Printed photos too dark - any suggestions?

Started Sep 14, 2012 | Discussions thread
Russell Fielding
Regular MemberPosts: 160
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Re: Guys...
In reply to Toermalijn, Sep 17, 2012

DAVE J

I don't know what the colour mode of my photos is, I'm sorry. Just standard whatever-cameras normally-shoot-in? JPEGs. I've never knowingly changed a colour mode nor would I know how to or why.

Very good idea re trying to see my file how the photo lab sees it . Maybe then I could see if I can apply similar settings to the rest of the photos in some form of bathc processing. I really don't want to be going into every single photo (over 200) & re-editing.

Yes, I see how screen brightness can be an issue. It's such a difficult issue. With all the multitude of netbooks, tablets, laptops, PCs which have a range of screen brightnesses how on earth can we accurately predict how our prints are going to turn out? Without some form of standardisation across all devices & without knowing how each lab develops their photos there is too much 'hope for the best' about photo developing using an outside firm.

JOEY B

My original images form the upper or left hand halves of the photos I attached (merely resized)

SAILOR B

Thank you for your suggestions.

I bought a 27inch iMac about 18 months ago in order to enhance my photography & this has the IPS quality you mentioned. However, I'm afraid I have found it hard-going getting to grips with the complicated Apple way of doing things, the clunky mouse etc so I've tended to use my laptop & Windows. Funnily enough my images look much worse on the iMac - too dark/muddy (Note: I've not looked at my brother's photos on it yet.) (Also note: the iMac goes even brighter than my laptop - too bright to look at comfortably.) It's a bit rich that I've paid the extortionate Apple prices yet they can't even give me a machine that's already been calibrated! If I invested in a calibrator would it be able to be used more than one time & on my Mac & Windows laptops?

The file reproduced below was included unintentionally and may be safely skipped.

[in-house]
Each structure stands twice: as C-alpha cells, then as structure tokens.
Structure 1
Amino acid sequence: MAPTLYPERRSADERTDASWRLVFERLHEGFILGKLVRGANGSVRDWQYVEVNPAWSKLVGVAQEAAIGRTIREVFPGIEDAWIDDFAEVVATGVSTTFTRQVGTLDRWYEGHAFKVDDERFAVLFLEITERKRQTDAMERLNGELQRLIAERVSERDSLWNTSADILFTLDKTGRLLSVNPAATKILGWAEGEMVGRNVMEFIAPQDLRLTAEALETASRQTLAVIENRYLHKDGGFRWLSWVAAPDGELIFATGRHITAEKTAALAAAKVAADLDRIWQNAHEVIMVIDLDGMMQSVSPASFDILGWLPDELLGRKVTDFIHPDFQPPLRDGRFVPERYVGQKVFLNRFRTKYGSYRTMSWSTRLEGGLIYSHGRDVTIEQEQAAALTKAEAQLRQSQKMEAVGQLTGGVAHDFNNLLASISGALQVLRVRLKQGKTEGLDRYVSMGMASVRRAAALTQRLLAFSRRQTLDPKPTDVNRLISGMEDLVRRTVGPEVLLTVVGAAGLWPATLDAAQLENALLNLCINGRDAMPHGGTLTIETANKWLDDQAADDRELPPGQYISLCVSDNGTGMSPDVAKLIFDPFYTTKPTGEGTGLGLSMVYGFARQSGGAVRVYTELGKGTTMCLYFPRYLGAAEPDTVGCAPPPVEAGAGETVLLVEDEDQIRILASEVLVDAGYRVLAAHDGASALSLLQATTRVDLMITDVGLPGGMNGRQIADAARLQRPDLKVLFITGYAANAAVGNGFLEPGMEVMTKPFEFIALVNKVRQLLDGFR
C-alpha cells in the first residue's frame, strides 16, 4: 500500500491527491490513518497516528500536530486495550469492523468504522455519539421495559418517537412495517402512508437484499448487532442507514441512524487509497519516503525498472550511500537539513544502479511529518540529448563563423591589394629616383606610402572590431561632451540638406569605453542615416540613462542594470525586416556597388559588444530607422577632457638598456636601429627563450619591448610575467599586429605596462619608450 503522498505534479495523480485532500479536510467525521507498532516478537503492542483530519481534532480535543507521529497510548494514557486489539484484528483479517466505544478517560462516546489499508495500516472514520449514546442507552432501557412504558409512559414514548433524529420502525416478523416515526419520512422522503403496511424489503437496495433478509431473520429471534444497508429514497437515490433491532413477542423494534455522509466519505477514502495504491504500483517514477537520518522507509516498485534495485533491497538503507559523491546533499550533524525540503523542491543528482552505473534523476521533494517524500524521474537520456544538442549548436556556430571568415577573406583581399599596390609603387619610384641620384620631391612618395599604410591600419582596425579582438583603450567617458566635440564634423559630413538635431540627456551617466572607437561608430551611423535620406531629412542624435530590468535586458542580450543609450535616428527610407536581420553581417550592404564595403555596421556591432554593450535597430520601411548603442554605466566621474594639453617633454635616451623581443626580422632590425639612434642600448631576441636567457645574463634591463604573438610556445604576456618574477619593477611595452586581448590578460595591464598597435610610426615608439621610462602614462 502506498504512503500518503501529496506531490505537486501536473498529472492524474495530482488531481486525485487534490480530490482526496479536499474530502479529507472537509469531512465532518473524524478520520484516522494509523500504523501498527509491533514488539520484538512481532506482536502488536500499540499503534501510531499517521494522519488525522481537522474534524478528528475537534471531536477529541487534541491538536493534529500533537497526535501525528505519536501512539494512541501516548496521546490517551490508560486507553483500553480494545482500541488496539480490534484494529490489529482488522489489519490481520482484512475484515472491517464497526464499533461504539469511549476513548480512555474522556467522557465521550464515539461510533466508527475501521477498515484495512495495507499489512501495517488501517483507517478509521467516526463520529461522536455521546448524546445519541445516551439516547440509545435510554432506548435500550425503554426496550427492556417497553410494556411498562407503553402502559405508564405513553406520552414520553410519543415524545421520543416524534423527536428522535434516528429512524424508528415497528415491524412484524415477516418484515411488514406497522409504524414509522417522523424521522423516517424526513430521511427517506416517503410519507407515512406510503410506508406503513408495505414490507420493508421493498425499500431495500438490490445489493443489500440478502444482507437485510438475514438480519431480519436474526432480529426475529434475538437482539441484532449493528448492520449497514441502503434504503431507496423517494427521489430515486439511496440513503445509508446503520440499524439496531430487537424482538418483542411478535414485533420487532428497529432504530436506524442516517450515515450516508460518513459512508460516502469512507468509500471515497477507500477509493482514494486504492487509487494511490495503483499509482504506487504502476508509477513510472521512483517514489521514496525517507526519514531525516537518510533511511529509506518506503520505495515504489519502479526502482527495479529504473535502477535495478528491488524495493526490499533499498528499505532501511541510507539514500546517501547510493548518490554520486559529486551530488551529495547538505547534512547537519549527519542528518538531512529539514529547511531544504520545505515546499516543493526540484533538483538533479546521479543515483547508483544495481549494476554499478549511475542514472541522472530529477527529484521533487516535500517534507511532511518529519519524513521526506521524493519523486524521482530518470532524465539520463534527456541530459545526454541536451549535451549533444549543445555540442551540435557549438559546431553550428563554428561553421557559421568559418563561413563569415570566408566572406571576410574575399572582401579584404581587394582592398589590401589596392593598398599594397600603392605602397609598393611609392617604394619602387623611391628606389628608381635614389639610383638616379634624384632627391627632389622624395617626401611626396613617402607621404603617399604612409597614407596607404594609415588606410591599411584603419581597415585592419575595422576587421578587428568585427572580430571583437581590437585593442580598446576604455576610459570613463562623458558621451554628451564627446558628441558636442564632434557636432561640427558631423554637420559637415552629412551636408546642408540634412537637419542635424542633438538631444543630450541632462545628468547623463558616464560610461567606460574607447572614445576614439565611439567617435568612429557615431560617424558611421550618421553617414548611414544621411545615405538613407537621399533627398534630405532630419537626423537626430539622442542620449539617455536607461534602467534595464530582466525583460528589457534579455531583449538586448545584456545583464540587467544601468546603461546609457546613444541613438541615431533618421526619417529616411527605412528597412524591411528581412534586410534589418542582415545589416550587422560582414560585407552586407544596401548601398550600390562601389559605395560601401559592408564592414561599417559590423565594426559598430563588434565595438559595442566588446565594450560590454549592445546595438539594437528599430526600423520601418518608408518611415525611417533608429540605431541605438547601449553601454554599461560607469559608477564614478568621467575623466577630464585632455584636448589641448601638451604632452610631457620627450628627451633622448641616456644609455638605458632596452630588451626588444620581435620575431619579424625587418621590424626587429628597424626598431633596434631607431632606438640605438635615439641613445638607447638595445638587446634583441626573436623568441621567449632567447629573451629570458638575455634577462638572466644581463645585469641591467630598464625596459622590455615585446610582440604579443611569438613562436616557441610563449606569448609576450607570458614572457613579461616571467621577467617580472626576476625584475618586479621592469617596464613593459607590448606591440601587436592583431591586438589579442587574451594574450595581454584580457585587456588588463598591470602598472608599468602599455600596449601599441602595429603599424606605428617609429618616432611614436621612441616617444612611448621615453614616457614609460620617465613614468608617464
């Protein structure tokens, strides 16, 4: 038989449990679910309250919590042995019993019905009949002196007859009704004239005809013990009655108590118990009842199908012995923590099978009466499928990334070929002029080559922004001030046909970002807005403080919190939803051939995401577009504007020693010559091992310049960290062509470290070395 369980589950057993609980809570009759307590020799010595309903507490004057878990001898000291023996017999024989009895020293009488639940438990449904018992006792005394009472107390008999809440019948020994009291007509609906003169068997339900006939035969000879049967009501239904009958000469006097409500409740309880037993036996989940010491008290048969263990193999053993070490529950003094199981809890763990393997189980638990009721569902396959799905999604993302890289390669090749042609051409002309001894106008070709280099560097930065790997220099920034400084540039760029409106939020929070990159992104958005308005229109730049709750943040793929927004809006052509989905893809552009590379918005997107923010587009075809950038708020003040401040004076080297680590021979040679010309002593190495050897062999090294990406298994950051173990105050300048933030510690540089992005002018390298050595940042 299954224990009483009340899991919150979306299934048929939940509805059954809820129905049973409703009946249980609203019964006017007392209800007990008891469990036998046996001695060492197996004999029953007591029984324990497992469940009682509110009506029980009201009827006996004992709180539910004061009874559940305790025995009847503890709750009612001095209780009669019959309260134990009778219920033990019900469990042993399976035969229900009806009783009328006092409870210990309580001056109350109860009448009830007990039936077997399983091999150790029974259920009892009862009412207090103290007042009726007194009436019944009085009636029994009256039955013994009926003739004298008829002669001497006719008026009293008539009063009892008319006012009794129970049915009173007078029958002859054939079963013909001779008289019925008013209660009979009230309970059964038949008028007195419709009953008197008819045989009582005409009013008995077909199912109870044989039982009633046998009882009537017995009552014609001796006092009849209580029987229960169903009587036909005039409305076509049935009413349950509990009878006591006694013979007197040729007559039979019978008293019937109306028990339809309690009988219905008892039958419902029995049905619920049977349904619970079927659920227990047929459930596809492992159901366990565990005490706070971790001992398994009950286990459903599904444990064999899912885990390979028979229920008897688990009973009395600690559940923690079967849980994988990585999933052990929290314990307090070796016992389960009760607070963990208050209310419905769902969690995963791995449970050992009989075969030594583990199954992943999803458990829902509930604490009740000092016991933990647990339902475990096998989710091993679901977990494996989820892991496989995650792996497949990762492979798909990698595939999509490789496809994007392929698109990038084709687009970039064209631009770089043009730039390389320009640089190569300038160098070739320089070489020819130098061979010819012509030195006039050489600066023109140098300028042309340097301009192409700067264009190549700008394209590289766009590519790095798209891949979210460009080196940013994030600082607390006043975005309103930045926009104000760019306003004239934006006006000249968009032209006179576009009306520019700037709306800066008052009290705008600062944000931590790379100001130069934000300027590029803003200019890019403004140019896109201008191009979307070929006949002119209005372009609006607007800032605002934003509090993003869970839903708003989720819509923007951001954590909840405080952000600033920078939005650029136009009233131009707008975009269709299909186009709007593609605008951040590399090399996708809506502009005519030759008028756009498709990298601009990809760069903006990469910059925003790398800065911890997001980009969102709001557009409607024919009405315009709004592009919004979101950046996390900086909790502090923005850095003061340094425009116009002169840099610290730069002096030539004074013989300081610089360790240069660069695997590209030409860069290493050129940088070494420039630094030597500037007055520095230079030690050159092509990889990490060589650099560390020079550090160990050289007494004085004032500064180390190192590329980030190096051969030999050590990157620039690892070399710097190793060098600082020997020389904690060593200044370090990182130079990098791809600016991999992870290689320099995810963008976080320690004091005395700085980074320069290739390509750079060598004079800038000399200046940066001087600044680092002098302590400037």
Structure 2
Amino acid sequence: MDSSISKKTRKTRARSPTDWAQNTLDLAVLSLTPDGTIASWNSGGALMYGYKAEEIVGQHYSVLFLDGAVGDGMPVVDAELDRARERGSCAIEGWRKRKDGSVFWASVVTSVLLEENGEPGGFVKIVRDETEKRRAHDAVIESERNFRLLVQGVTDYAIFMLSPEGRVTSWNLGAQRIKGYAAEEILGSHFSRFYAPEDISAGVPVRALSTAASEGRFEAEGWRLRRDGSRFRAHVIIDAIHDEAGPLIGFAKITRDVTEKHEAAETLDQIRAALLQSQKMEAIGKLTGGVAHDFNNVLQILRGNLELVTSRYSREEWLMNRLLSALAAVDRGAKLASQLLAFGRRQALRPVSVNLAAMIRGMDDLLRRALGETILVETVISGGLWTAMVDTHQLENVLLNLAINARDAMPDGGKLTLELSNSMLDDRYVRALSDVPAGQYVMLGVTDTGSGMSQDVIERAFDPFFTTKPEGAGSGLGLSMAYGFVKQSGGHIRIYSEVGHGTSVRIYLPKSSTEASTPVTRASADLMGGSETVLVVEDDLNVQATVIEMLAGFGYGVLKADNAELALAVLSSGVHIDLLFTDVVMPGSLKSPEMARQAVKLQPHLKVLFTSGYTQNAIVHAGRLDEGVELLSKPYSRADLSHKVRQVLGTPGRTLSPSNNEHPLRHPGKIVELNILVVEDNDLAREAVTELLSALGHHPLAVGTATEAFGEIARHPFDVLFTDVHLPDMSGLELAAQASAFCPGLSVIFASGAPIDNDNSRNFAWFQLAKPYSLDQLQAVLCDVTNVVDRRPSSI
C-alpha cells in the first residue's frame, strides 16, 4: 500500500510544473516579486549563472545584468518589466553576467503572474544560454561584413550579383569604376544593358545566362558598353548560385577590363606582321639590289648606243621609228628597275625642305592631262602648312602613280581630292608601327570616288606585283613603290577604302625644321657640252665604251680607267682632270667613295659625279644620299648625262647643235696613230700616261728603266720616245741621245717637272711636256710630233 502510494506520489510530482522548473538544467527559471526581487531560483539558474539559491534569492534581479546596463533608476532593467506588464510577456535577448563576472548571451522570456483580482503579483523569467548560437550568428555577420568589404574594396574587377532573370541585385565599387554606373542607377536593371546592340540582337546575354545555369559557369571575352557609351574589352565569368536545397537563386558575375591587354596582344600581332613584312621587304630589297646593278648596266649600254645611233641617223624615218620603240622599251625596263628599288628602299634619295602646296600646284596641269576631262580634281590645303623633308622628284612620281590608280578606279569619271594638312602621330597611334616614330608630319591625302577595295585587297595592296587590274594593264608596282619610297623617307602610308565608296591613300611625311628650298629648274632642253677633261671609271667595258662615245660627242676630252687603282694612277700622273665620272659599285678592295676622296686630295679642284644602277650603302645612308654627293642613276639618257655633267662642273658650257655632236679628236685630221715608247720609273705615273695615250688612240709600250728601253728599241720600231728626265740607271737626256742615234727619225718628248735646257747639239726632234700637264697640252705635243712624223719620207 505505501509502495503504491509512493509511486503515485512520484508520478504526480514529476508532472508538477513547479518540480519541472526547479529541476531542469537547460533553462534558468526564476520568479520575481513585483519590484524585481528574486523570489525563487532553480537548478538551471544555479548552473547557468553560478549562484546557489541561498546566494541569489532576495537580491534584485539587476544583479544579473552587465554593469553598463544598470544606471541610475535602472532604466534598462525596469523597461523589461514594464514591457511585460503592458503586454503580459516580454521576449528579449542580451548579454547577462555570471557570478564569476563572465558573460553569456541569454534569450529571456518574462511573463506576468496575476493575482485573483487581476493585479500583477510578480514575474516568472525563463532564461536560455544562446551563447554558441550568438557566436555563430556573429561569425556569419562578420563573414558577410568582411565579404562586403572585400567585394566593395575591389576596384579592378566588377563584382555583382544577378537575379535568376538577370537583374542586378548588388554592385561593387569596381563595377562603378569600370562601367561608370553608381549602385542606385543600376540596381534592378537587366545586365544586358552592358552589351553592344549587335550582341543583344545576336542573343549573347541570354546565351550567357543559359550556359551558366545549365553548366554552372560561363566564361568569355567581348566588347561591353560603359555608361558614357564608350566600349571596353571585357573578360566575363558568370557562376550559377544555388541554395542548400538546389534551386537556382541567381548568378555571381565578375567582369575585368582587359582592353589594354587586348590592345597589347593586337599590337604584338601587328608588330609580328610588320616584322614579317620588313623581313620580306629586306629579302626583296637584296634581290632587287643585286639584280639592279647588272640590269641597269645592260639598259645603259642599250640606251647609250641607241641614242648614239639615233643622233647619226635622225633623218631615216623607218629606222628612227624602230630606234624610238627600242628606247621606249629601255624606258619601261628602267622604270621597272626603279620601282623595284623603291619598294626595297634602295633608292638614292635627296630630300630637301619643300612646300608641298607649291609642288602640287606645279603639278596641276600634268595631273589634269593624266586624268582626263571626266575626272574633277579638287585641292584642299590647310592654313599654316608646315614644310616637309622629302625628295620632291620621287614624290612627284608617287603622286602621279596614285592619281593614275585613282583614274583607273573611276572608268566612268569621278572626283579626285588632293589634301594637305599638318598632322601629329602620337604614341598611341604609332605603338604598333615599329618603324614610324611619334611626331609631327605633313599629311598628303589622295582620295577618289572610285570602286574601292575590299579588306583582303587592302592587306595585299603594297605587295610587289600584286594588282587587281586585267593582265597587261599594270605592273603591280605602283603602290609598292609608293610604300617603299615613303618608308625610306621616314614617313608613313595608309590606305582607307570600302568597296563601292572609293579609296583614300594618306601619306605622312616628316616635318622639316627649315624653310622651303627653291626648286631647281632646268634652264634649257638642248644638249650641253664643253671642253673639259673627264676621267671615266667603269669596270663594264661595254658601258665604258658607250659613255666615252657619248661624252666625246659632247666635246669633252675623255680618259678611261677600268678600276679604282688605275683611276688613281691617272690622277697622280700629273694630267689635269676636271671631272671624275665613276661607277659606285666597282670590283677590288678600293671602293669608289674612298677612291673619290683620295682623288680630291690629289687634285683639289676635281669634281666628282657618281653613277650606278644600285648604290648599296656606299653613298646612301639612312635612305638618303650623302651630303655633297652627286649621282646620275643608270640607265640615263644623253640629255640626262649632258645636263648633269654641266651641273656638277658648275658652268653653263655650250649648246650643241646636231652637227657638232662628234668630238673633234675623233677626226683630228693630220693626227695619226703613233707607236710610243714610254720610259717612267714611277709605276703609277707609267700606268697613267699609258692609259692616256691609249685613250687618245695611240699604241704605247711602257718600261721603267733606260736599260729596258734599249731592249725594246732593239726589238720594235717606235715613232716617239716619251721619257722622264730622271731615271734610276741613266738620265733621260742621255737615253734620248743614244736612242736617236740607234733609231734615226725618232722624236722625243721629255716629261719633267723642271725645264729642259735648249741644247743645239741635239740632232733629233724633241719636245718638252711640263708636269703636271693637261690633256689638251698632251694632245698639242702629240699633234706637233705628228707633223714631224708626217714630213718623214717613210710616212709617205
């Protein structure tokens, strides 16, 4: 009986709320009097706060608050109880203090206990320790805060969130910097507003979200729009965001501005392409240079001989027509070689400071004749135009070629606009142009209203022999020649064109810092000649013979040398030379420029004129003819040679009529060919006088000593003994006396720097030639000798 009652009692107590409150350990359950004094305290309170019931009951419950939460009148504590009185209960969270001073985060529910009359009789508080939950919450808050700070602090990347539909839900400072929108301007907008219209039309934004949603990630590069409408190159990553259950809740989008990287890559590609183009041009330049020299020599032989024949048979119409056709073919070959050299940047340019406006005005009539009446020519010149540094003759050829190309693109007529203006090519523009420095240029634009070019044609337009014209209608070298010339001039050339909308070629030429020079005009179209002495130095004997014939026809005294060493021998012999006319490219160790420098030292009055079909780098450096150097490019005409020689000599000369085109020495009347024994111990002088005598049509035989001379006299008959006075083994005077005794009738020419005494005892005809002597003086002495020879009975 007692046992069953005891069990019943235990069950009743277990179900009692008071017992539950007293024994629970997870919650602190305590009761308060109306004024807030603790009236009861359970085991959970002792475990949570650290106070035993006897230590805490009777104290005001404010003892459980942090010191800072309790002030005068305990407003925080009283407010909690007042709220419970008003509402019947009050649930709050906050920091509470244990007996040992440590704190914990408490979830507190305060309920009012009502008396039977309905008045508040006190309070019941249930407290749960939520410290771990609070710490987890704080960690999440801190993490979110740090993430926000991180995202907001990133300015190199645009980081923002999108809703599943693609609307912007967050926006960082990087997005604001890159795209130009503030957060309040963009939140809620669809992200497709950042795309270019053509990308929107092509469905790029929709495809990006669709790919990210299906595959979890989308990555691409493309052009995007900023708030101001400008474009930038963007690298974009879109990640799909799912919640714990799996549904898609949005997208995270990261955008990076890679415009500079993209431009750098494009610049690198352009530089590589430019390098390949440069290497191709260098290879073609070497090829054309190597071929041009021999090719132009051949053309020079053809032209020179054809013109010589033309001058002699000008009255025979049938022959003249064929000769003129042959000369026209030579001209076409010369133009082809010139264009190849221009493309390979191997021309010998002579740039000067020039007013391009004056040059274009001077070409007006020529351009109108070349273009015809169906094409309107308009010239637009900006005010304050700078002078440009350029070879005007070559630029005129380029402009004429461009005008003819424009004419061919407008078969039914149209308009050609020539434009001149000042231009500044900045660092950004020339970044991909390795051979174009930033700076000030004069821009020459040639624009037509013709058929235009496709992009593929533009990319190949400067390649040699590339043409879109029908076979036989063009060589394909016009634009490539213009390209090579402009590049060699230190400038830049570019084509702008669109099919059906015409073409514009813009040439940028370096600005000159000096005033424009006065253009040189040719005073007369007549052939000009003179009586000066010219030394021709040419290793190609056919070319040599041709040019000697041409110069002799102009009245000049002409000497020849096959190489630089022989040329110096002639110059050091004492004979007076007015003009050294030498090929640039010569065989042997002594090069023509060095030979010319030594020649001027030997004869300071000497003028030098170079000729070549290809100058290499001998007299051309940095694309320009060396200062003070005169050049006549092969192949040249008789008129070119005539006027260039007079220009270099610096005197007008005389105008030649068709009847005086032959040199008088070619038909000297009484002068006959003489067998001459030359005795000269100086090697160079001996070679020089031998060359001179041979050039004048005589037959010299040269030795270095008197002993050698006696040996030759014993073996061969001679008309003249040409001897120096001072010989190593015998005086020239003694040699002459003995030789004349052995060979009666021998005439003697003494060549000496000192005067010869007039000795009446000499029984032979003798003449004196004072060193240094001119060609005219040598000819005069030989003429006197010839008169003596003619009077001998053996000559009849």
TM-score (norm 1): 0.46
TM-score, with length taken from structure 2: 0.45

I'm still getting to grips with LR4 - only used it so far for editing photos (did most of my bro's pics on it) - make sure it tells me if any burnt-out highlights or blacked-out shadows & move sliders accordingly to avoid them. Auto tone is often way off for me, tending towards too bright but can go the other way as well. It's off too much to use really. Gimp's auto levels setting can be off too but probably 75% of the time the image still looks ok afterwards.

I tend almost always to edit the image as a whole (apart from removing pimples, brightening eyes etc) as I STILL can't get my head around layers (or the need for them - why not just select the area you want & alter it? The only problem I have with this is an occasionally visible line between the altered area & the non-altered). I wasn't sure whether I could leave in burnt out highlights as I thought I read they distract the viewer too much. It's a minefield trying to get images that aren't over-exposed, aren't under-exposed & that aren't too flat or too contrasty or too HDR. One of my bro's photos was of a harbour/lighthouse & it was horribly dull then I read today of a HDR technique that only requires one image - the basis (with later refinements) was -60 highlights & white & +60 shadows/black together with +75 contrast. After + clarity & +vibrance, colour tints etc I ended up with a much much clearer image but one that my bro said 'looked like a painting'. Anyway that's an aside. I just tried your tip re the highlights/'lowlights', & although 255 white & 0 black are indicated as red & blue, it is clearer using the Alt option with the screen black.

PICTUS, thank you, a lot of interesting reading there, I'll go through it all when I get chance

Cheers

Russell

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